Travers Company
MIDSUMMER (A play with songs) By David Greig

Dates and Venue 3-12 September 2009 | The Cultch, 1895 Venables, Vancouver

Director David Greig Songwriter Gordon McIntyre Designer Georgia McGuinness Lighting Claire Elliot Dramaturg Katherine Mendelsohn
Stage Manager Sarah Scarlett

Reviewer Kim Alison Fraser

Thursday night’s performance was nothing short of a new Cultch classic. We got three shows in one: the venue itself is a stunning soliloquy on all the centenarian Methodist church turned legendary Vancouver theatre has experienced; Executive Director, Heather Redfern gave an Oscar-worthy monologue full of effusive gratitude, voice cracking to yield tears, and girlish shoulder shrugs in response to spontaneous applause egging her on; and the brilliant Edinburgh Fringe Festival hit Midsummer.

The stage looked like a giant chalkboard covered in graph paper with chalk outlines and child-like drawings. The set was comprised of a dress, three guitars (two acoustic, one electric), a bed and two chairs. A man and a woman enter from opposite sides of the stage, and each begins to strum acoustic guitars, singing: “Love will break your heart, love will break your heart in two. Love will break your heart, there’s nothing that you can do.”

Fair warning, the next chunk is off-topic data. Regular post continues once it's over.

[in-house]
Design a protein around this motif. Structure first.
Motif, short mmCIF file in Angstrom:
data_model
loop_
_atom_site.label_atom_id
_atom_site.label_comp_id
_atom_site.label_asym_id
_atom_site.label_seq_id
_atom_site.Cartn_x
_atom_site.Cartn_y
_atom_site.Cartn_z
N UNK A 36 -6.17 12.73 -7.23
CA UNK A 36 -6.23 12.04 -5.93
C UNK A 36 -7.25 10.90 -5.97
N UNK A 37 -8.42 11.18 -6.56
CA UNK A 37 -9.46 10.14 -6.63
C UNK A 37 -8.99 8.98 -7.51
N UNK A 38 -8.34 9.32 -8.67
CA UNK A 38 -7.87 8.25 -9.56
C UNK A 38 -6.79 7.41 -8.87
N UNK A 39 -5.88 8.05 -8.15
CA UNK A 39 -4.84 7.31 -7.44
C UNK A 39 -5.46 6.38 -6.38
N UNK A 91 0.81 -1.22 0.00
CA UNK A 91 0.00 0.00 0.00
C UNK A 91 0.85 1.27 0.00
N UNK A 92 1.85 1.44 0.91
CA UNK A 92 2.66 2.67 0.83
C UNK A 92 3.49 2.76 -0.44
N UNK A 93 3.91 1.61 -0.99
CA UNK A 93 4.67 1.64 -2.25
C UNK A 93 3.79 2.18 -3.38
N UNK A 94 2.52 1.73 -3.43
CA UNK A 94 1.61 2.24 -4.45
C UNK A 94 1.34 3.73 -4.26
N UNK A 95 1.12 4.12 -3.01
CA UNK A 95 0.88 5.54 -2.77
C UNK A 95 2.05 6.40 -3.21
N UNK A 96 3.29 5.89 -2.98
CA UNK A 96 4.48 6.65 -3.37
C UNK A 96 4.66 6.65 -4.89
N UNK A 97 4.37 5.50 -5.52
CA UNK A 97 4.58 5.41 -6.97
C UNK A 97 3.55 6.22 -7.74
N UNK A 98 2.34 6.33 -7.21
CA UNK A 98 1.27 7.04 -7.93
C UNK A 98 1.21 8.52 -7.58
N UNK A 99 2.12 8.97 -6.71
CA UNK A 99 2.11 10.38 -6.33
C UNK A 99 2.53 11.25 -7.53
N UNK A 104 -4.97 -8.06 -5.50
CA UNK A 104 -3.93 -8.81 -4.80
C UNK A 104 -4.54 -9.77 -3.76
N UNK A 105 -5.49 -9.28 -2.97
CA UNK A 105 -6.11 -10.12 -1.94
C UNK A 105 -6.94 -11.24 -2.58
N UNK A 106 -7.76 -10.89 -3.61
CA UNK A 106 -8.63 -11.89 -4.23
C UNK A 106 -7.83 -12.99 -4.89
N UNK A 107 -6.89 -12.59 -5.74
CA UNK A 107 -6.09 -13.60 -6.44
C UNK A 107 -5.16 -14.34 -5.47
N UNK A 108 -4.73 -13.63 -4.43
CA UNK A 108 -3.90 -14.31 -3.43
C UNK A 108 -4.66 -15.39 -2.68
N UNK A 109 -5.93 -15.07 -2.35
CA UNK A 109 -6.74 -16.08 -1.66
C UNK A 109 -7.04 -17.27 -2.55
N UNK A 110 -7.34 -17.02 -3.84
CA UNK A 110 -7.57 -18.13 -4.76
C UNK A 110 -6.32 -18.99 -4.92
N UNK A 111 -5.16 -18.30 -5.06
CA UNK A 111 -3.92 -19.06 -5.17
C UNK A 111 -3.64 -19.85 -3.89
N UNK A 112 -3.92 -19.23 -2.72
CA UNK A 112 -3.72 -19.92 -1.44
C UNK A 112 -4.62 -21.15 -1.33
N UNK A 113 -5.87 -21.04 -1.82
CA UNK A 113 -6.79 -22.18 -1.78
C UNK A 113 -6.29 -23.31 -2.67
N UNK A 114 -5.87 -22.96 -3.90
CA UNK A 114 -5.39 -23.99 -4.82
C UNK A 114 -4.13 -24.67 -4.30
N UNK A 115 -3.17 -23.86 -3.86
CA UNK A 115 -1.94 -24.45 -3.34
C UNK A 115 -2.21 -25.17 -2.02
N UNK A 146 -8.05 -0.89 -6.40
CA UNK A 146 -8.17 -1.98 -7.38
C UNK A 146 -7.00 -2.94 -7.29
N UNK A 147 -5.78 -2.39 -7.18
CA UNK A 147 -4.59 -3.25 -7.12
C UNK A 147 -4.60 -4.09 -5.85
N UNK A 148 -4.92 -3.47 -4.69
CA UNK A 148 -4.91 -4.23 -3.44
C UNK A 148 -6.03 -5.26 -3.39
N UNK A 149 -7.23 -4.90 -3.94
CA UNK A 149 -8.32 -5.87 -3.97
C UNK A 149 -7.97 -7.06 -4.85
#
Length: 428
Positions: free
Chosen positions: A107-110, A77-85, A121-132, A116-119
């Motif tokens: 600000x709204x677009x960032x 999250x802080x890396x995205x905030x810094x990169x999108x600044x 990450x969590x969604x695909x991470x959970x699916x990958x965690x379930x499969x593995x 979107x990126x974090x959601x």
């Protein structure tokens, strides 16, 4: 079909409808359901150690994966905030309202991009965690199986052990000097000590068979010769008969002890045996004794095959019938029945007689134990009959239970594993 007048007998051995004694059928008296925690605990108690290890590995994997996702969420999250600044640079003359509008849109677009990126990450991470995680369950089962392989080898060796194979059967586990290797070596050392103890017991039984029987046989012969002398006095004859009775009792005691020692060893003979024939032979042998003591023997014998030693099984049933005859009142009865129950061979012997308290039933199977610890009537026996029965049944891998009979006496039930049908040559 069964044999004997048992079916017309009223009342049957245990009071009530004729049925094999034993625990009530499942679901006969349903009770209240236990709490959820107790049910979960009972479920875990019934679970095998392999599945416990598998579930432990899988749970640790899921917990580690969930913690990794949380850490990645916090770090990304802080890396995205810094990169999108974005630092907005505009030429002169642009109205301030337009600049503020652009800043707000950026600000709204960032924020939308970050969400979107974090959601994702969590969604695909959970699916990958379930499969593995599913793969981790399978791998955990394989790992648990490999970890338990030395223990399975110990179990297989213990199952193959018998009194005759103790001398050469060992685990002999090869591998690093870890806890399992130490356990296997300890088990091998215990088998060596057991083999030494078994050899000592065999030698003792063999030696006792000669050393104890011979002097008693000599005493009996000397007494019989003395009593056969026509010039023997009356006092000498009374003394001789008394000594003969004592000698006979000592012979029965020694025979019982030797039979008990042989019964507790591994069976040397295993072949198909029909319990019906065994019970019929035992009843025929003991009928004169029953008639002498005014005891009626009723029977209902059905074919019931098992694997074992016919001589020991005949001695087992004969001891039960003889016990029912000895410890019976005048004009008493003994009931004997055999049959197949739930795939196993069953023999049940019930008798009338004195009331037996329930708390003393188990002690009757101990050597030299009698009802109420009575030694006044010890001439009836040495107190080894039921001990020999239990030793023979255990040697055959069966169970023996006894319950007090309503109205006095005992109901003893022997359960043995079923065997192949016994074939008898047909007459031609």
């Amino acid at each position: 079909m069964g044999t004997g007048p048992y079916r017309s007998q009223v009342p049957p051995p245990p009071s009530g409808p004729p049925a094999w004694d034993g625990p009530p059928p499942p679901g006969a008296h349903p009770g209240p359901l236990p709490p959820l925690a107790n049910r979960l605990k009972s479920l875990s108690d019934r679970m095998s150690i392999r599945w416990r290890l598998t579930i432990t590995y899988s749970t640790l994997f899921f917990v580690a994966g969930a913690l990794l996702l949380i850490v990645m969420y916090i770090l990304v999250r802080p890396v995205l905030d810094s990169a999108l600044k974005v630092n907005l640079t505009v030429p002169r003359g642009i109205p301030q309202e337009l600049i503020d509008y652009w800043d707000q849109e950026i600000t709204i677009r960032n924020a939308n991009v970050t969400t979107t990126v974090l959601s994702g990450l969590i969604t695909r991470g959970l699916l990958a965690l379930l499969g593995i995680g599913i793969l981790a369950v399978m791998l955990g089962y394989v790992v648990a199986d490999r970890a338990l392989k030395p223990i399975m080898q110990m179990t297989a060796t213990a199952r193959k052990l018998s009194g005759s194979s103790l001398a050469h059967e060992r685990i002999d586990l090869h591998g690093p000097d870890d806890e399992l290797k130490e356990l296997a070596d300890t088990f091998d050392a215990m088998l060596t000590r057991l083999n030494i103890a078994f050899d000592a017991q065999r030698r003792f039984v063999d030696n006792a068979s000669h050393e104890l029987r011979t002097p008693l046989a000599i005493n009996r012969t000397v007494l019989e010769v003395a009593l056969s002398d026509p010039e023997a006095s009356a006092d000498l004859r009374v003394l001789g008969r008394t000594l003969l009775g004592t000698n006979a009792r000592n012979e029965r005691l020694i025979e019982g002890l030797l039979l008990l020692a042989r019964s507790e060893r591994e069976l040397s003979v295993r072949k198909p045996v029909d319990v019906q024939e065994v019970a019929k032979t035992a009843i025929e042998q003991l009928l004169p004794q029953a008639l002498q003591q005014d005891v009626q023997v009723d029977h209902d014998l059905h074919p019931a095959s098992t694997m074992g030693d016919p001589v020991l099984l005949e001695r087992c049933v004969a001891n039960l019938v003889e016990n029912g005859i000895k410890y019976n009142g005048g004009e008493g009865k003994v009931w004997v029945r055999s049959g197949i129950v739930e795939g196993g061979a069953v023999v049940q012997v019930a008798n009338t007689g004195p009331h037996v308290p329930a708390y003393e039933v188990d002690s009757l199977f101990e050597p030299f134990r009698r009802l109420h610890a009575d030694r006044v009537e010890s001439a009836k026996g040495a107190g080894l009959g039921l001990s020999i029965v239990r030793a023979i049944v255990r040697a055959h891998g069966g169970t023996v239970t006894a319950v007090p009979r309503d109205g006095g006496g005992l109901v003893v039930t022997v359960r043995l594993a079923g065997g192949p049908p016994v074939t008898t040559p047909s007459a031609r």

Bob and Helena are miserable lovelorn 35-year-olds who meet in a bar on a rainy mid-summer night. He’s a petty thief waiting for direction from his crime boss about where the next hit takes place, and she’s a divorce lawyer whose been stood up by her married lover yet again. They randomly choose one another to forget about their middle-aged angst, abandoned teenage son, and a pregnancy in a weekend of drunken debauchery.

An ingenious use of third-person omniscient narration, songs, and scene re-enactments for comedic value had the audience toe-tapping, singing along, laughing and crying. Members of the audience even participated in Bob’s interior dialogue by asking Bob questions about how he should deal with middle age.

Midsummer is a raw, irreverent and unforgettable piece of indie theatre that cannot be missed. It was first performed at Scotland’s Traverse Theatre in October of last year, and has toured Ireland, Scotland, and Canada since June of this year.

© 2009 Kim Alison Fraser